We closed with ‘I’ll Fly Away’ and everyone got up and gathered around the stage.  It was the ultimate in audience participation.

         When we finished the minister had us line up for the recessional.  Every single soul in the Congregation came by and shook the hand of each player.

        ‘Yous uns is real good.’

        ‘I ain’t never heard no banjer good as that.”

        ‘Where’s y’all from?”

        “Thanks you.”

        The Church of the Exceptional was that indeed.  You see, except for the minister, some volunteers who drive the church buses, and a few family members and case workers, all the church members are either physically or mentally handicapped, and some severely so.

        It didn’t stop them from digging the music; not one bit.  If any human being could go and not to be humbled by that congregation, I sure do feel sorry for them.  They were beyond gracious.  As someone wrote in the bulletin, “You will never leave the Church of the Exceptional the way you arrived.”

        I agree.

Dr. B


God Bless the Sound Man

April 19, 2009

        There is a reason you hear all the bluegrass groups thank the sound man at shows.  They can make or break you, and for the acoustic crowd, if you can’t hear you are lost.

        Somehow our sound wasn’t right at sound-check this morning, and our regular man was gone.  The volunteers had a tough time trouble shooting it.  I played my solid body electric mando today, and a man who doesn’t read music and plays a electric mandolin without a monitor is not what you want to hear.

        I could feel my blood pressure going up.  I clenched my teeth.  Our music minster reads me well.  “Sorry, Doc.  They’ll get it going.”

       “I know.  Man, I am mad at myself for being upset.  This is the Lord’s House.  I gotta calm down.  It ain’t right to be mad in here.”

       “I understand.”

       “At the same time, though, we want good sound at a bluegrass show, so shouldn’t we want to the same for the Good Lord?  We’re supposed to bring Him our best.”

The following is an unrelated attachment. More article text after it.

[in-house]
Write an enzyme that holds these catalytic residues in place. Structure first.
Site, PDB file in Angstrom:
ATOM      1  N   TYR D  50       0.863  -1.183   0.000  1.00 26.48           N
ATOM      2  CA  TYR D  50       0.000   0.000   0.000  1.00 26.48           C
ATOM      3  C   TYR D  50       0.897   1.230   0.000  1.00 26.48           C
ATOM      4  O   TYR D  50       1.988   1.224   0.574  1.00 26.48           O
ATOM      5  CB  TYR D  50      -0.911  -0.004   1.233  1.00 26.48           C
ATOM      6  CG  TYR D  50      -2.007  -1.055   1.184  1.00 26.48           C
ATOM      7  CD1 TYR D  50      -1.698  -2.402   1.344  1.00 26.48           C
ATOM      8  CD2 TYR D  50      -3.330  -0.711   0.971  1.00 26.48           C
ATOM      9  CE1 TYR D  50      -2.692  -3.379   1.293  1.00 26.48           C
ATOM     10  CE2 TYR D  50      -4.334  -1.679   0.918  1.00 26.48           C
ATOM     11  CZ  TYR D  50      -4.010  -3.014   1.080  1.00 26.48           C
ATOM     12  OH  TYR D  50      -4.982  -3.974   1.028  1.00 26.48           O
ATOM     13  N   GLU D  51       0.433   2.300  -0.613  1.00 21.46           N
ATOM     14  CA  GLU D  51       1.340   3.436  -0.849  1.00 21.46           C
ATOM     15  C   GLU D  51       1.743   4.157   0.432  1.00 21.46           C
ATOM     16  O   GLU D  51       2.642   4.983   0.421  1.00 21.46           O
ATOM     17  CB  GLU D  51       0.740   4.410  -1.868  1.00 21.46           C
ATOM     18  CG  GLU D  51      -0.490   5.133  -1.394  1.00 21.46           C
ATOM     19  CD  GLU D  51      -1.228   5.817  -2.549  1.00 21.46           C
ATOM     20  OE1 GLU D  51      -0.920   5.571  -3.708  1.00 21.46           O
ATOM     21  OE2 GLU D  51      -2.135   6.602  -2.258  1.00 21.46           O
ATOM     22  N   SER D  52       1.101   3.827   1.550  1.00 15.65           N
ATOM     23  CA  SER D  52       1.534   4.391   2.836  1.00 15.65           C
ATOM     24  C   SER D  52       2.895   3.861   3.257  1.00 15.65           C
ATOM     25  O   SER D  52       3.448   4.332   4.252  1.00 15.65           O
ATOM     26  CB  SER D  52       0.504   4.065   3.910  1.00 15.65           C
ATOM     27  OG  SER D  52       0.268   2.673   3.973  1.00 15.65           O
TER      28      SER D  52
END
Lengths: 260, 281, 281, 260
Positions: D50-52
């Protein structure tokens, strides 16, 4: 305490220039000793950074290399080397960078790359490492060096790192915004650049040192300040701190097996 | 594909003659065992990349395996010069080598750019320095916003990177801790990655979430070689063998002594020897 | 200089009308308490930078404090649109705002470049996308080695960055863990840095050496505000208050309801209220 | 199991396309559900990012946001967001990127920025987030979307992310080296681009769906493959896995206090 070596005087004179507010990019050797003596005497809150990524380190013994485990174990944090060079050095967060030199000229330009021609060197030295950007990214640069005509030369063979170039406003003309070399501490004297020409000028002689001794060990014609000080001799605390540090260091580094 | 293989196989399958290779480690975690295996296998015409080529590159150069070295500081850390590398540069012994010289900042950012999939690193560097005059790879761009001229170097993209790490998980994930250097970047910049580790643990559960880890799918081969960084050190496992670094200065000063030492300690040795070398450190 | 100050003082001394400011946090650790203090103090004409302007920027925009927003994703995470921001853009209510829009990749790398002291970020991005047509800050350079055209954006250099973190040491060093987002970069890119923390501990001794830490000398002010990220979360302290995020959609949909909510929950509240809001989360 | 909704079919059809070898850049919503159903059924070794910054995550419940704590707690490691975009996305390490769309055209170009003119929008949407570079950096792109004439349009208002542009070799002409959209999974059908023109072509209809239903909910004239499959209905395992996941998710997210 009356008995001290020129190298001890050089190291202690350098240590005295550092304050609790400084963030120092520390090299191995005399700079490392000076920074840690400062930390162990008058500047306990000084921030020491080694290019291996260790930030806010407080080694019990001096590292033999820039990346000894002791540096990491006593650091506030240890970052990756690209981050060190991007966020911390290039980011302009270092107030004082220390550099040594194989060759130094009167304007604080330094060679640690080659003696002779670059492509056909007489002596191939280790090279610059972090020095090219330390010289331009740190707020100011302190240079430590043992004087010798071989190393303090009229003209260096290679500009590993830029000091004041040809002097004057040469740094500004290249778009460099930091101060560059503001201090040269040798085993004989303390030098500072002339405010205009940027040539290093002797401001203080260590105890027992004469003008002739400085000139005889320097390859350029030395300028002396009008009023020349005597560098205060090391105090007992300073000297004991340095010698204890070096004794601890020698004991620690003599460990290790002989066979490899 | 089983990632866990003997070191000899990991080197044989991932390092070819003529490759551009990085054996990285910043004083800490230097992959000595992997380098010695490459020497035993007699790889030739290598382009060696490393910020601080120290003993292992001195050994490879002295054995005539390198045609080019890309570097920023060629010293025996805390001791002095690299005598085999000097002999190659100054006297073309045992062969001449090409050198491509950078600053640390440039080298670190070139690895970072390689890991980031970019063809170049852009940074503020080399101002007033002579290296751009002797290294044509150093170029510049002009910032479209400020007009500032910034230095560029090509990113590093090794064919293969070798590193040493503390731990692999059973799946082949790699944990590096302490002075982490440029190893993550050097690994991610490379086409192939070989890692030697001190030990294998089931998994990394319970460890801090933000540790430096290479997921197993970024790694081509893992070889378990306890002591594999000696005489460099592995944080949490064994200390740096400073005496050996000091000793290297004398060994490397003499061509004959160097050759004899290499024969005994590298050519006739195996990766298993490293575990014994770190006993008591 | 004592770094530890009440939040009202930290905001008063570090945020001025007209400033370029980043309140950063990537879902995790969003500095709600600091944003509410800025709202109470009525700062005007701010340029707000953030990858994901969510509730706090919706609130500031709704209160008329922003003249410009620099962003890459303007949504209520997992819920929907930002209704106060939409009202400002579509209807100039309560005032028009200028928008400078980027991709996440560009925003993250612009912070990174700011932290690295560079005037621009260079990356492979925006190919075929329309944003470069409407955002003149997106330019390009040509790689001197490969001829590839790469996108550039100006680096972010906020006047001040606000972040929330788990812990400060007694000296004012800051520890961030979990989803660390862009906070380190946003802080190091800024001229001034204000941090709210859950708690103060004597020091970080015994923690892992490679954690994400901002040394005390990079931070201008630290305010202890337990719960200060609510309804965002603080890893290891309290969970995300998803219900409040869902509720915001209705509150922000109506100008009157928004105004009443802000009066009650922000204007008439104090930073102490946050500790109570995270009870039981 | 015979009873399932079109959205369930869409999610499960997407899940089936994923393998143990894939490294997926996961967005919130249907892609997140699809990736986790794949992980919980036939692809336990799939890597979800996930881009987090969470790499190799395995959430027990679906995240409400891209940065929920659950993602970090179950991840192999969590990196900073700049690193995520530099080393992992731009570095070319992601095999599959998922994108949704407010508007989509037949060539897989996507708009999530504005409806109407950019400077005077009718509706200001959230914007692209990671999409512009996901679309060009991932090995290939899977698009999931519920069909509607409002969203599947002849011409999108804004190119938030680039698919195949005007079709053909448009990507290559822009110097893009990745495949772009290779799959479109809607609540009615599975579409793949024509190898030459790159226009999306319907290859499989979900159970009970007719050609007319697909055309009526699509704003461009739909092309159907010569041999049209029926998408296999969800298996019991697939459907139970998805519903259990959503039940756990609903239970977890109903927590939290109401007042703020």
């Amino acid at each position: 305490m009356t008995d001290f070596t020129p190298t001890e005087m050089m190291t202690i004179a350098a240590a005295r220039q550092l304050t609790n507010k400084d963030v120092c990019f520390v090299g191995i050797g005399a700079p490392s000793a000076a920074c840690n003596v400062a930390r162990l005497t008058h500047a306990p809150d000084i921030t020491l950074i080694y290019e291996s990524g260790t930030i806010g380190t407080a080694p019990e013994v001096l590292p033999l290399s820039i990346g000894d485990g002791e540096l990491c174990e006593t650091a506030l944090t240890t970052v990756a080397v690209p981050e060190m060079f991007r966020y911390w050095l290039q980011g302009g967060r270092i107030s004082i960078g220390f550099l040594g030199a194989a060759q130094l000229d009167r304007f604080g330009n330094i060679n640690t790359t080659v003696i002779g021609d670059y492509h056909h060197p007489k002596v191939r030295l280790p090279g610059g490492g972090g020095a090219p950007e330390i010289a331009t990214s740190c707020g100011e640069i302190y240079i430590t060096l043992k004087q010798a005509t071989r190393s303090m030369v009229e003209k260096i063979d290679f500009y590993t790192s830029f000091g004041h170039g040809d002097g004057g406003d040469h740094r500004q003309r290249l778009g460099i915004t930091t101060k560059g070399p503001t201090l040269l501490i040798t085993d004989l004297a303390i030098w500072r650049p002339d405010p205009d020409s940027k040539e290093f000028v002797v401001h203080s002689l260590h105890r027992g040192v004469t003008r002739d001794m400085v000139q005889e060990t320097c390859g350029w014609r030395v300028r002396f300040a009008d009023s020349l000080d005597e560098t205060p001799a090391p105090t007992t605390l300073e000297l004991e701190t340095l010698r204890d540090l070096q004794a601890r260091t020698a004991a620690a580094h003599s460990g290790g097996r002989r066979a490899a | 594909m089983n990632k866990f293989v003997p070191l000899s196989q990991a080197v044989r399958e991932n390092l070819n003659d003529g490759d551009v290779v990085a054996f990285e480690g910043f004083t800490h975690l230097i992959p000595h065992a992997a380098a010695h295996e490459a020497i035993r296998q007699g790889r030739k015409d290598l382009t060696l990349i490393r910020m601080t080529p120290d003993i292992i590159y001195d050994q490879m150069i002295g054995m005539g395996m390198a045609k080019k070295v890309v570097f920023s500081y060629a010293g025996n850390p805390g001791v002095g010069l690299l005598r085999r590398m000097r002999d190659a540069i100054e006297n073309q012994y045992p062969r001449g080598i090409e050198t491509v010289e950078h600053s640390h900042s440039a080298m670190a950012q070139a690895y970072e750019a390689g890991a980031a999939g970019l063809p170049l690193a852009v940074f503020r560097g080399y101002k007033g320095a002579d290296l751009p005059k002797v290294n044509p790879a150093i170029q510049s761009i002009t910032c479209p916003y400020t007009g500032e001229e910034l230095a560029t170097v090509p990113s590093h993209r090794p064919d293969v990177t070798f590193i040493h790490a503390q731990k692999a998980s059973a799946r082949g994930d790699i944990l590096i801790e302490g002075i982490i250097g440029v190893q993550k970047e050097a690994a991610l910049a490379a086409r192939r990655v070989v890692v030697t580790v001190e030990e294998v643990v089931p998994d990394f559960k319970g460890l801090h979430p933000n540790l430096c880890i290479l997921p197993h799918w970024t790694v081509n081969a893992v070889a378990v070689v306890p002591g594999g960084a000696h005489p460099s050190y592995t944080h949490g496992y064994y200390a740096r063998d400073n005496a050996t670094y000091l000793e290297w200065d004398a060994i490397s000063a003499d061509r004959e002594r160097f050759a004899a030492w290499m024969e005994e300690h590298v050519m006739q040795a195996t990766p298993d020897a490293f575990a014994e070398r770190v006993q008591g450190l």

“Doc, you’re just like me.  Intense.”

       “More than what people know.”

        “I know.”

         “Thanks.  Tell you what brother.  If the mando monitor doesn’t come on, I’ll stand up here, smile, and act like I’m playing my heart out.  I won’t play a note, though.  It’d ruin the service.  Besides, the singers and the other instruments will cover it O.K.”

         “That’s the spirit, Doc.”

         And that is exactly what I did for the entire first number, ‘Here I am to Worship.’  No monitor, and no mando.  About two bars into the second song, the man at the mixing board gave me a thumbs up.  ‘Let there be sound,’ I thought.  After a couple bars I was in the spirit and felt like I played O.K.

        An elderly lady approached me after church.  “Doctor.  I must tell you I was against those hillbilly instruments at first.  But I have come to enjoy them.”

        “Thank you, Ma’am.”

         “The music was excellent today.  I especially like to hear you play ‘Here I am to Worship.’  That little guitar sounds so nice.”

         “Yes, ma’am.”  I shook her hand.  “I’m glad you enjoyed it.”

         When she left, I laughed at myself, and felt all the intensity drain right out of me.  Alone, I ain’t very important.  God bless the sound man.  He worked a miracle today.  I’m sorry I was mad at him for a moment there.

Dr. B